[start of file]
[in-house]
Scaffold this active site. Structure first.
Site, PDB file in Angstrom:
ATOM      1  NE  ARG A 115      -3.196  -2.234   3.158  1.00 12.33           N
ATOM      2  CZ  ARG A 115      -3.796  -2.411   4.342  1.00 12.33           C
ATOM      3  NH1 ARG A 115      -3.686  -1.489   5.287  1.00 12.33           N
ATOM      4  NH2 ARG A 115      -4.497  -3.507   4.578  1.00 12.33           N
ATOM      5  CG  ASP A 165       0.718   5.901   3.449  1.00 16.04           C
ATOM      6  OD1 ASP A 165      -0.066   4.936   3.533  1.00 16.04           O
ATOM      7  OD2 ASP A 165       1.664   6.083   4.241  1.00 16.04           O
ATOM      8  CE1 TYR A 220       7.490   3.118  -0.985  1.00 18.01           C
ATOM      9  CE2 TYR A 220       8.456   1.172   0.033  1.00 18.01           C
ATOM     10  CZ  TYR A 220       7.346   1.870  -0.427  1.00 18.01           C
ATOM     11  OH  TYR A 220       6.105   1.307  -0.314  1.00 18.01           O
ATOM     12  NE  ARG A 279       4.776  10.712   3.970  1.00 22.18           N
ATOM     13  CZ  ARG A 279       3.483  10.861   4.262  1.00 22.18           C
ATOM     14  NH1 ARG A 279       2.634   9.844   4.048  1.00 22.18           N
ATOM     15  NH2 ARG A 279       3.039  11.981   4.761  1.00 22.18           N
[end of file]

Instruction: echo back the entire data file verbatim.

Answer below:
[in-house]
Scaffold this active site. Structure first.
Site, PDB file in Angstrom:
ATOM      1  NE  ARG A 115      -3.196  -2.234   3.158  1.00 12.33           N
ATOM      2  CZ  ARG A 115      -3.796  -2.411   4.342  1.00 12.33           C
ATOM      3  NH1 ARG A 115      -3.686  -1.489   5.287  1.00 12.33           N
ATOM      4  NH2 ARG A 115      -4.497  -3.507   4.578  1.00 12.33           N
ATOM      5  CG  ASP A 165       0.718   5.901   3.449  1.00 16.04           C
ATOM      6  OD1 ASP A 165      -0.066   4.936   3.533  1.00 16.04           O
ATOM      7  OD2 ASP A 165       1.664   6.083   4.241  1.00 16.04           O
ATOM      8  CE1 TYR A 220       7.490   3.118  -0.985  1.00 18.01           C
ATOM      9  CE2 TYR A 220       8.456   1.172   0.033  1.00 18.01           C
ATOM     10  CZ  TYR A 220       7.346   1.870  -0.427  1.00 18.01           C
ATOM     11  OH  TYR A 220       6.105   1.307  -0.314  1.00 18.01           O
ATOM     12  NE  ARG A 279       4.776  10.712   3.970  1.00 22.18           N
ATOM     13  CZ  ARG A 279       3.483  10.861   4.262  1.00 22.18           C
ATOM     14  NH1 ARG A 279       2.634   9.844   4.048  1.00 22.18           N
ATOM     15  NH2 ARG A 279       3.039  11.981   4.761  1.00 22.18           N